Perhaps significantly, the Leininger family originally put forward the idea that their son was remembering the life of Jack Larsen, until in 2002 the elder Leininger learned Larsen was still alive. It was after this point that the child’s alleged statement that Iwo Jima was the place “where” his plane had been shot down was replaced with the claim he said it was “when” he had been shot down. Around this time the person shot down becomes “James” rather than Jack Larsen, and the story is retroactively reconfigured. What had previously been interpreted as James (“me”) dreaming about the life of Jack Larsen now became James (“me”) dreaming about “James” remembering Jack Larsen. The story holds together only because, by coincidence, the person who did get shot down was named James—one of the most common names of the era. The child never utters the dead man’s last name, despite knowing Larsen’s, until after Bruce Leininger was able to find someone whose name fit the developing (and changing) story.
I of course can’t say that’s how it happened, and the discovery of the 1995 oral history doesn’t categorically exclude reincarnation. It’s possible that no one involved knew anything of the 1995 book, but the coincidence of details strikes me as suspicious. The very fact that this material existed before the child began his alleged past life dreams, and included nearly all of the facts found in those dreams in jumbled form, calls into question the value of the Leininger case for past life studies, at least until the researchers involved with the story run down all possible sources where the Leininger family could have obtained their information. The situation is made worse by the fact that most of the accounts rely on us assuming the honesty and accuracy of the Leiningers’ self-reporting of James’s statements, which of course is impossible to prove.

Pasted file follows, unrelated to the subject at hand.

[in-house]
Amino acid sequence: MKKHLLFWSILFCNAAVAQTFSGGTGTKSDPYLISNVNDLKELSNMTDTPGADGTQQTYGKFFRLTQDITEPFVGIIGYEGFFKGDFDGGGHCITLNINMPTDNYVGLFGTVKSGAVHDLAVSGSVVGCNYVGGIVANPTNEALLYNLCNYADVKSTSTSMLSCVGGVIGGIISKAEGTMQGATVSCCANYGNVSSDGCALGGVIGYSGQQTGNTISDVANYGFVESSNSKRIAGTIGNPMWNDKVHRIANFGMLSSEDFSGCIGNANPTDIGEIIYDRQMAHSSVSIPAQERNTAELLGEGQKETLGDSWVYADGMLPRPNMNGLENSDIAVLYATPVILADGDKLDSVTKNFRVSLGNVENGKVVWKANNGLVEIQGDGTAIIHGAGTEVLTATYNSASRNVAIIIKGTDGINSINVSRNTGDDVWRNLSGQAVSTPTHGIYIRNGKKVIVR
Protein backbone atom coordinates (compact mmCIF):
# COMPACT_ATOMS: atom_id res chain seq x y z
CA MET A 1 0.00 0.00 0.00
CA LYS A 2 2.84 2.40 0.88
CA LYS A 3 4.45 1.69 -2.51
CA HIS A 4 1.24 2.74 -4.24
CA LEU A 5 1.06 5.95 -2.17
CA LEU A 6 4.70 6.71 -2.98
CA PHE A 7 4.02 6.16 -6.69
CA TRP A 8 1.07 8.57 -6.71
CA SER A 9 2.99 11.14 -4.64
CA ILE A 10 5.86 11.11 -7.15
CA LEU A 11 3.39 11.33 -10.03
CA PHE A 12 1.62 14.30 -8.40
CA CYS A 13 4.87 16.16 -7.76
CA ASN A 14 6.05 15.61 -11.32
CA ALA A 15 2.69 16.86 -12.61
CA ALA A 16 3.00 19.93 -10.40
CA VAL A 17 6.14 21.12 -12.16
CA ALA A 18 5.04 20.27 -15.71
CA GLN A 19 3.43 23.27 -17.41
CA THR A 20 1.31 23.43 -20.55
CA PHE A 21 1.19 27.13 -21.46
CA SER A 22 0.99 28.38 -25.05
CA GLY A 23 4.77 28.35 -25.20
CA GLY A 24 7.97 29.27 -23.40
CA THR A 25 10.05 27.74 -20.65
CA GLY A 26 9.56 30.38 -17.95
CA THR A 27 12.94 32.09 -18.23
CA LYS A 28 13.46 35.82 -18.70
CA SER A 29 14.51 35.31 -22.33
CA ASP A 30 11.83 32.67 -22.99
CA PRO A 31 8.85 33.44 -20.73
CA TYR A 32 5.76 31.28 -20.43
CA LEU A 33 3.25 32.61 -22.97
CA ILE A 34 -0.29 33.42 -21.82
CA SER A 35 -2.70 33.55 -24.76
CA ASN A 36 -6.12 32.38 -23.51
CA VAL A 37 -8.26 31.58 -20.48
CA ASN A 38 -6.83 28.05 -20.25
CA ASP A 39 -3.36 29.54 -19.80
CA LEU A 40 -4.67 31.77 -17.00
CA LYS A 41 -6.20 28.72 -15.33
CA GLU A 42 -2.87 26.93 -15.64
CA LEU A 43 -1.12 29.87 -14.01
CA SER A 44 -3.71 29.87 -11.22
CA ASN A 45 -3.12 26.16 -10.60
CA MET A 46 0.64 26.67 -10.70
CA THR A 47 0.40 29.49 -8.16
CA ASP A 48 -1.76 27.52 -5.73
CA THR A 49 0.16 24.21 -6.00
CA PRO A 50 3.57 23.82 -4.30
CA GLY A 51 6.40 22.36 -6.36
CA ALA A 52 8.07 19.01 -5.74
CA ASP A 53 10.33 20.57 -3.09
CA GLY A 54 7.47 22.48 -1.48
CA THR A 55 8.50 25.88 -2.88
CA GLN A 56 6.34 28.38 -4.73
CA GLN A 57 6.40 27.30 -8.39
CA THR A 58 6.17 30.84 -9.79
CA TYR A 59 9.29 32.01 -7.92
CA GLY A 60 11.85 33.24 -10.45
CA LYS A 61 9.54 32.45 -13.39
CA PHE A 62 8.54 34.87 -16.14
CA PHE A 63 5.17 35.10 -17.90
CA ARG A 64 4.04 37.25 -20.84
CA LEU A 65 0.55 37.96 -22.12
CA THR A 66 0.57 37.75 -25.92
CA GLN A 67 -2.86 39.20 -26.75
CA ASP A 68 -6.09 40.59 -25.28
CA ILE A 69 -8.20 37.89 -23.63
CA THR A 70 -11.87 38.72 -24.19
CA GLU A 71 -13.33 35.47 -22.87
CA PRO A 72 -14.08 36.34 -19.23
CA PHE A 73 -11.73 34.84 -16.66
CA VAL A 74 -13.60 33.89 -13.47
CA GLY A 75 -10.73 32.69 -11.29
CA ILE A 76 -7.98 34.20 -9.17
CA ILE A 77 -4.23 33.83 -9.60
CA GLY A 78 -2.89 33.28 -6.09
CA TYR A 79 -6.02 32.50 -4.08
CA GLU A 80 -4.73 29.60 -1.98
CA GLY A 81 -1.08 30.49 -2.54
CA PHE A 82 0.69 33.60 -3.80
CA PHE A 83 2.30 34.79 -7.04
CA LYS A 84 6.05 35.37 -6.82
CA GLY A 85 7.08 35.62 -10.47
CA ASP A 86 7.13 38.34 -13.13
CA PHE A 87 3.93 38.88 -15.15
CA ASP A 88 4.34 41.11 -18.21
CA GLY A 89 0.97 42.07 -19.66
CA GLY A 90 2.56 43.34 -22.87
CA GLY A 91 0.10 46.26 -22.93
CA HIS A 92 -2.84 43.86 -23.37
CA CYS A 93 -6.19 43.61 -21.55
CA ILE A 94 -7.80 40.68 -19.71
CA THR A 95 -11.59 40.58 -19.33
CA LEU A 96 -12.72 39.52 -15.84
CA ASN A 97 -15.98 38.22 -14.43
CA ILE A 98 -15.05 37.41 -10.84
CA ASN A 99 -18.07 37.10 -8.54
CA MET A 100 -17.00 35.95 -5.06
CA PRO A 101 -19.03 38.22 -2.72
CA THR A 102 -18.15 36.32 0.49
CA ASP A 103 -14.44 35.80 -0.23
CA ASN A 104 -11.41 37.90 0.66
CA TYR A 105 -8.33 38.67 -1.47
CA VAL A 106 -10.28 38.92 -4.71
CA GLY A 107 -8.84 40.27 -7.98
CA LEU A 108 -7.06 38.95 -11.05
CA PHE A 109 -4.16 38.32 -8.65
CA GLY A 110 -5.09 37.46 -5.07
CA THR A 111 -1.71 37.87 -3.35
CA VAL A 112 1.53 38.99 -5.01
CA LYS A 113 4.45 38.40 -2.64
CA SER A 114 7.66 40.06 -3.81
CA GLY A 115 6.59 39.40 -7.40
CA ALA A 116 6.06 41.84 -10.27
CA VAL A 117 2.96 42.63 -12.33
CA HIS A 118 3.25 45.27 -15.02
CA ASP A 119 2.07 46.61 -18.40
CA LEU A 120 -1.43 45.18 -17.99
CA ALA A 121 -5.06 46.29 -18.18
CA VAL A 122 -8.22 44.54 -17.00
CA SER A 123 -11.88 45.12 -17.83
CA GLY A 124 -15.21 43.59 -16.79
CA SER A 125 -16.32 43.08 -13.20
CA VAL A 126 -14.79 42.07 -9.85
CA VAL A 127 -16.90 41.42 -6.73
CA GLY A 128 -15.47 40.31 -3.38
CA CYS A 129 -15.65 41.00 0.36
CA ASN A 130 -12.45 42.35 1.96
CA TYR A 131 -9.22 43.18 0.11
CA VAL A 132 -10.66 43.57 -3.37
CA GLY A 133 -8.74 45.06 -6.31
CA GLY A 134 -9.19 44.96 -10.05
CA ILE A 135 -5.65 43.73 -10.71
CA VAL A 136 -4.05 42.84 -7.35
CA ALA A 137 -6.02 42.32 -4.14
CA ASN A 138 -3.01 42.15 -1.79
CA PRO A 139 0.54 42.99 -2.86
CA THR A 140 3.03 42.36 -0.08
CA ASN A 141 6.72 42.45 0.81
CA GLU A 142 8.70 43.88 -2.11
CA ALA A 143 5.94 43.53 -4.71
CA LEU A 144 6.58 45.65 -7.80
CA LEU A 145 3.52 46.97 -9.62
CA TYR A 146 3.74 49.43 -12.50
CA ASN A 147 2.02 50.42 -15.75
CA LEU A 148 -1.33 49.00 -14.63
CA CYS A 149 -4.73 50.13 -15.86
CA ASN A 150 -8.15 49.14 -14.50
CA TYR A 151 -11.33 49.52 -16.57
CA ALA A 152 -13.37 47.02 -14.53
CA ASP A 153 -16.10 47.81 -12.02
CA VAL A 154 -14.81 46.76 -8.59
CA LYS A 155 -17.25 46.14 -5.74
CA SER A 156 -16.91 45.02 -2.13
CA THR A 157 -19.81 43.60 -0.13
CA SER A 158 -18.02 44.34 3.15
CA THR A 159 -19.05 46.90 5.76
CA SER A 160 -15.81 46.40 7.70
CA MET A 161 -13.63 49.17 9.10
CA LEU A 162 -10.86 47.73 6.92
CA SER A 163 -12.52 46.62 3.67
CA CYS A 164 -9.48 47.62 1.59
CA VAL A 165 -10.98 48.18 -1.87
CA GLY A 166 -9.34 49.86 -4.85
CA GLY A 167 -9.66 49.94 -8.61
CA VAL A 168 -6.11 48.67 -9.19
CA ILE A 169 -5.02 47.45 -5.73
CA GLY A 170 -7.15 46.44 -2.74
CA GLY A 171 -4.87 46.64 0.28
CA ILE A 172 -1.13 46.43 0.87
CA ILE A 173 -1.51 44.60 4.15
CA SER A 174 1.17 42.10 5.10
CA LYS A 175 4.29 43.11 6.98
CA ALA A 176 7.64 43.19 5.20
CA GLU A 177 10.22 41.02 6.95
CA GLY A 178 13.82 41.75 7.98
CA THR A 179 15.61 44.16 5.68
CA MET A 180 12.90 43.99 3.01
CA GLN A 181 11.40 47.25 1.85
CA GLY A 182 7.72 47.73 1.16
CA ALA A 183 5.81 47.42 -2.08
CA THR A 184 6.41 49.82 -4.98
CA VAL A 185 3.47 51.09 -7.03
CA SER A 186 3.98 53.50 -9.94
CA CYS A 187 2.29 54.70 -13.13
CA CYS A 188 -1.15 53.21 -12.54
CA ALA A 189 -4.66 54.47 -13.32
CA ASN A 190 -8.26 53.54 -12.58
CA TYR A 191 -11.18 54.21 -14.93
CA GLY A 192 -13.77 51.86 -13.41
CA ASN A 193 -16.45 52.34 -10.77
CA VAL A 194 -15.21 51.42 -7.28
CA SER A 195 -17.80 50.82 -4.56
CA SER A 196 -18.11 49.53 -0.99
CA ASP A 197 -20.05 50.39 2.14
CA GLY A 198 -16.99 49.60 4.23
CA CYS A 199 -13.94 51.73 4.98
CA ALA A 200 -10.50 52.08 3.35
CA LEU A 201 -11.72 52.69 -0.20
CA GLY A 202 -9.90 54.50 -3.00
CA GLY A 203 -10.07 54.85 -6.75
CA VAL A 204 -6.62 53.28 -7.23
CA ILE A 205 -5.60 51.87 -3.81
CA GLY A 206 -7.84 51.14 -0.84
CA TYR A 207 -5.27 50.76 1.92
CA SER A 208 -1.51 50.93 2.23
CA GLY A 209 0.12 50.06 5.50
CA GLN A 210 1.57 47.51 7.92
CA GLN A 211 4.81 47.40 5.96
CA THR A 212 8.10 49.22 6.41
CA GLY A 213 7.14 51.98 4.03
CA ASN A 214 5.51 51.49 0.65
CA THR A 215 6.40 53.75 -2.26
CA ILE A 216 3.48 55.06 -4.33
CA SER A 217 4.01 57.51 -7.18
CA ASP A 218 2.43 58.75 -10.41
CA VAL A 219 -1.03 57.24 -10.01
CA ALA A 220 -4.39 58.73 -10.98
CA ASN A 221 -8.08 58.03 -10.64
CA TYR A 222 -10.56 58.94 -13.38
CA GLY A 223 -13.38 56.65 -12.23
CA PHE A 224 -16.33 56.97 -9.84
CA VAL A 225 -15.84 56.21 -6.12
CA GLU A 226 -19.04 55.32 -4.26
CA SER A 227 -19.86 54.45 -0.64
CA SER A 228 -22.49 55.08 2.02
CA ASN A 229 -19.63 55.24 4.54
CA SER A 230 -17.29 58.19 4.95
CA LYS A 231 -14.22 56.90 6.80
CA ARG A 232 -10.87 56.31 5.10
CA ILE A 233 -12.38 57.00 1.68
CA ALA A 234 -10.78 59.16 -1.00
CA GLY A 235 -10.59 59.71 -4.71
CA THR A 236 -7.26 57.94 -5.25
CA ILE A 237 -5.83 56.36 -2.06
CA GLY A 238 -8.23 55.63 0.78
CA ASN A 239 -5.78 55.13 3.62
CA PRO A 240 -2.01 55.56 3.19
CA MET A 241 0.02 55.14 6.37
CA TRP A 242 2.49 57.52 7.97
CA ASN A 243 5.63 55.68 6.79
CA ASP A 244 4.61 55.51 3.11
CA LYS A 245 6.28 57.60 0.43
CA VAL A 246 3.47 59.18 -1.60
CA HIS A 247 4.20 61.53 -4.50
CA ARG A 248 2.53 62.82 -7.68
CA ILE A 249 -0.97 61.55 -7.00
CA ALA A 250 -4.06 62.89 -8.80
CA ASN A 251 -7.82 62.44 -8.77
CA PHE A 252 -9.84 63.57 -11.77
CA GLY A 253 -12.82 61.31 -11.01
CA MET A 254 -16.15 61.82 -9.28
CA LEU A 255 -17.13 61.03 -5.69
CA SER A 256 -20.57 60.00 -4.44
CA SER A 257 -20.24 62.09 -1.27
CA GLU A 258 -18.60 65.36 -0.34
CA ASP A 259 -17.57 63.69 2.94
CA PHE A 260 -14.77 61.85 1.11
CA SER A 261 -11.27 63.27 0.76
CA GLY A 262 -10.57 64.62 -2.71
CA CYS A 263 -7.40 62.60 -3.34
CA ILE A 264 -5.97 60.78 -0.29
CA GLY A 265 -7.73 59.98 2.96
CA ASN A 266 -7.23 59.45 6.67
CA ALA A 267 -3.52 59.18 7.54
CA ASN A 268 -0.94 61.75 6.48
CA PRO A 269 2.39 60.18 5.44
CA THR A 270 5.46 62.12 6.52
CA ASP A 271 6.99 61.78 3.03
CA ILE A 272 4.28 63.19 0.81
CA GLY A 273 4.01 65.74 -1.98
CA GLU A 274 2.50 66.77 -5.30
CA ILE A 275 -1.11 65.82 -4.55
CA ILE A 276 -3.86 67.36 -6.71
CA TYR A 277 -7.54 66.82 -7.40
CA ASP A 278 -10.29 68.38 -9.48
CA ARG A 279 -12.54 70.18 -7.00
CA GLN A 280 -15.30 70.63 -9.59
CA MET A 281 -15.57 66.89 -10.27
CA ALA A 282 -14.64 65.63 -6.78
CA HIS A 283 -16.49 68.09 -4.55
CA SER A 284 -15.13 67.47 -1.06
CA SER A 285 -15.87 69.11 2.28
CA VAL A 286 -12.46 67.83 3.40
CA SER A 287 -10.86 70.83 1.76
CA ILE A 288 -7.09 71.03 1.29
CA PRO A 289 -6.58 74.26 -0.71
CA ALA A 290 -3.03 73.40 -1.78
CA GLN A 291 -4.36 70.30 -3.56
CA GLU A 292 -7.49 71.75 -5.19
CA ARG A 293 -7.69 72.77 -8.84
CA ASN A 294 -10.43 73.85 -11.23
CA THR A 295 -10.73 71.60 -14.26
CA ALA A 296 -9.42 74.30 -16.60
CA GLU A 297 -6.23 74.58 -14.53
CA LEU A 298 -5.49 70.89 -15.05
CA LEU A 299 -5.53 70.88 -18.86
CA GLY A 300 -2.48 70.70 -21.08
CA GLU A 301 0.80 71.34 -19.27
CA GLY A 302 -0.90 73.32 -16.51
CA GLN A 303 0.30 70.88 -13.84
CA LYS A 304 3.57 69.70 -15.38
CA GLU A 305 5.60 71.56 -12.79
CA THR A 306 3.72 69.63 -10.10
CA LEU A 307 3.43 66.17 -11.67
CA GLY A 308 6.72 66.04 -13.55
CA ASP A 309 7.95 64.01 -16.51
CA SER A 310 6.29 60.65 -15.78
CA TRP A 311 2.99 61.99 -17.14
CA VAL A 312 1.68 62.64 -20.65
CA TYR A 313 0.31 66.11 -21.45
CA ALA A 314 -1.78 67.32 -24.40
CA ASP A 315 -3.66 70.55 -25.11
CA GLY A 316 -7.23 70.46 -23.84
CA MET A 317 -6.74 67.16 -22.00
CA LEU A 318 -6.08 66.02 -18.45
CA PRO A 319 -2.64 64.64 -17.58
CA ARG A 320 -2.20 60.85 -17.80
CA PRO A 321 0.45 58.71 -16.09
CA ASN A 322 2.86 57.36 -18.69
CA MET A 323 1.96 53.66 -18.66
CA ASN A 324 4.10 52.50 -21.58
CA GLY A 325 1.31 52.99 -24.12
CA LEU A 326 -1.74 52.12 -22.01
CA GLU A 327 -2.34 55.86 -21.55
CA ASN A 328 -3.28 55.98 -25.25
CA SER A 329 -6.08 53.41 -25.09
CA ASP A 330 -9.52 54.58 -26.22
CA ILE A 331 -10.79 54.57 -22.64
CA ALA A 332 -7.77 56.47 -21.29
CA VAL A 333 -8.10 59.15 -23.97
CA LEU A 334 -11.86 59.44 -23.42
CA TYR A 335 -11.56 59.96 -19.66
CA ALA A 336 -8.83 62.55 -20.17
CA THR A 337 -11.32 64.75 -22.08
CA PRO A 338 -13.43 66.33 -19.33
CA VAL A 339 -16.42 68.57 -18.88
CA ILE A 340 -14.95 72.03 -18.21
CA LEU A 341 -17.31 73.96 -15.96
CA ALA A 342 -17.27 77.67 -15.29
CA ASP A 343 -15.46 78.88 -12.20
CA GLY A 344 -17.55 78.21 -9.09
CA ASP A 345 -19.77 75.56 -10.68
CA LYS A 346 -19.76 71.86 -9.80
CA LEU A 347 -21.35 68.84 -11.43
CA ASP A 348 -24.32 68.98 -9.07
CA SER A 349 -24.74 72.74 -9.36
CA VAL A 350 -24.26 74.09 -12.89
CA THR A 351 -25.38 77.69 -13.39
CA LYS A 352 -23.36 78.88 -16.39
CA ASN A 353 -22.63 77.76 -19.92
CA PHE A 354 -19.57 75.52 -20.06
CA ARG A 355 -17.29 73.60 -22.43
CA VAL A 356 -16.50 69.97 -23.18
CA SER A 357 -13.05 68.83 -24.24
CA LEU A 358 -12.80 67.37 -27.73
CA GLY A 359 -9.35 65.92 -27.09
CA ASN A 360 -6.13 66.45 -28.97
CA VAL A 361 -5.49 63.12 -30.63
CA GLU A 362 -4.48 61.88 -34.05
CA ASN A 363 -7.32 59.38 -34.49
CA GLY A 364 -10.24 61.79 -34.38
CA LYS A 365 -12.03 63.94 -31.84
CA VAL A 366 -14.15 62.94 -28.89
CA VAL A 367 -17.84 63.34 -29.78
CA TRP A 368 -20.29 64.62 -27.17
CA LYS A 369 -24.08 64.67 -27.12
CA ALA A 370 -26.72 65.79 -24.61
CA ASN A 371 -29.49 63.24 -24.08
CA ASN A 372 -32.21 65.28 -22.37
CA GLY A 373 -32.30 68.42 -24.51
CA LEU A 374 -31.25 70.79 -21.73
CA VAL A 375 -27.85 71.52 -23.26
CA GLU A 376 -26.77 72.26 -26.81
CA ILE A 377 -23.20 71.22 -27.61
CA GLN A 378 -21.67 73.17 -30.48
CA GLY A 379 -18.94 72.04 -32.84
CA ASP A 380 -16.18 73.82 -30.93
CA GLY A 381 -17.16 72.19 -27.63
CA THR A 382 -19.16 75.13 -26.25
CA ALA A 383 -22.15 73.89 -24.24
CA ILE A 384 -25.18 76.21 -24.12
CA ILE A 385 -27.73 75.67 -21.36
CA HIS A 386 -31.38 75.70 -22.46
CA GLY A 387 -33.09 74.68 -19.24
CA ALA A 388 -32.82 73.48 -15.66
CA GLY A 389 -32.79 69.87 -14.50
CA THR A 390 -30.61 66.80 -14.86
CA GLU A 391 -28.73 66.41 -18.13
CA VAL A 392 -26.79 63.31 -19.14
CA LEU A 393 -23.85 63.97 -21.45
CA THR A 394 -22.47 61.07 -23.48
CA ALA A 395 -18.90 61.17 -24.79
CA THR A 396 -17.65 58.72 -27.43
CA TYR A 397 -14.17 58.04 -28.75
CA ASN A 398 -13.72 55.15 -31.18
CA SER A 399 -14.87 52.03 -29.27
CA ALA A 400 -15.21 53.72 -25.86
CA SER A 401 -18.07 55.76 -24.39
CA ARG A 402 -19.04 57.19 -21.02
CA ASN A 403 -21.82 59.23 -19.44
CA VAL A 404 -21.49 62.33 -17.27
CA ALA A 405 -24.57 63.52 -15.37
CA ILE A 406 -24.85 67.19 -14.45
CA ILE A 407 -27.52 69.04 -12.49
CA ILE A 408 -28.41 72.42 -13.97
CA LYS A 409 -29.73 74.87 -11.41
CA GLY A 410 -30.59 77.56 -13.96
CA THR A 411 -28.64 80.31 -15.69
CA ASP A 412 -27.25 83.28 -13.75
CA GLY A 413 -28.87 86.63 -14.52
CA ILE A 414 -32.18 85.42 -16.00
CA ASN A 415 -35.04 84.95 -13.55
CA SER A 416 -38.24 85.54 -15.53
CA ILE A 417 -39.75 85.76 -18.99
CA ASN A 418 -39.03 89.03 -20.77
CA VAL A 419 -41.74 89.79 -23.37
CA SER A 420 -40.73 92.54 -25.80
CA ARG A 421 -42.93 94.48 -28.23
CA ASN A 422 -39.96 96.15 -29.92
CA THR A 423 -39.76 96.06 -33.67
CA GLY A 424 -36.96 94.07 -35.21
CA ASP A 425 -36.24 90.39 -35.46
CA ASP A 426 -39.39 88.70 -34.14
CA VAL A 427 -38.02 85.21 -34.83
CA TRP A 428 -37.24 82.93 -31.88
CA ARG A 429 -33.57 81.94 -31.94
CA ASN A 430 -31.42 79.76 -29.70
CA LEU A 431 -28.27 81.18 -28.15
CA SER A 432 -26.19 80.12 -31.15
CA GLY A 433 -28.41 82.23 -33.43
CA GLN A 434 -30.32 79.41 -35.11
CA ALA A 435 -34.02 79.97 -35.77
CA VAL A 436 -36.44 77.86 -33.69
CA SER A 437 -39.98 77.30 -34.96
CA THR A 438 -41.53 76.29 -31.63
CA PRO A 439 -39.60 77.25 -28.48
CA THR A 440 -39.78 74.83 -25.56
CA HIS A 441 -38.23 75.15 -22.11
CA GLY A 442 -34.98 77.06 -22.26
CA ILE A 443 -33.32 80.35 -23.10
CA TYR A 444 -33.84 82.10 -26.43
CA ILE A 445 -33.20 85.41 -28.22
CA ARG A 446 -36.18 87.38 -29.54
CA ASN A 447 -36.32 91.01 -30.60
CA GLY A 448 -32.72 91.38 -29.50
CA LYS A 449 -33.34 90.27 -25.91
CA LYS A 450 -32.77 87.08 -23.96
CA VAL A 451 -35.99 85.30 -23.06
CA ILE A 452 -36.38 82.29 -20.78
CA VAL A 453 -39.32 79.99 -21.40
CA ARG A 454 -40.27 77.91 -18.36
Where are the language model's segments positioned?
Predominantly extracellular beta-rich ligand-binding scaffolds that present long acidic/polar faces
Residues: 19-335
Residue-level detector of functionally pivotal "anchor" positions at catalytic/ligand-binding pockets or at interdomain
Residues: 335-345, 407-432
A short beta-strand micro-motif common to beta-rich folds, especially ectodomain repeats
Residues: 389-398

This is one of the troubles I have with all fringe studies—there is a lack of deep literature review and a failure to investigate the possibility of contamination, hoaxing, or fraud. Tucker, for example, did enormous research tracking down World War II records to “prove” the reincarnation, but did not look to see what material could potentially have been accessible prior to the family publicizing the “reincarnation.” I obviously can’t accuse the Leiningers of hoaxing the story, but to say this is impossible because they are Christians is to wilfully blind oneself unnecessarily. What is more likely, that a child is the reincarnation of a World War II pilot, or that someone close to the child read Jack Larsen’s oral history? Or, perhaps even more likely, that the story was continuously created and recreated through the mutual interaction of the child, his parents, internet searches, and books?
I am an author and researcher focusing on pop culture, science, and history. Bylines: New Republic, Esquire, Slate, etc. There's more about me in the About Jason tab.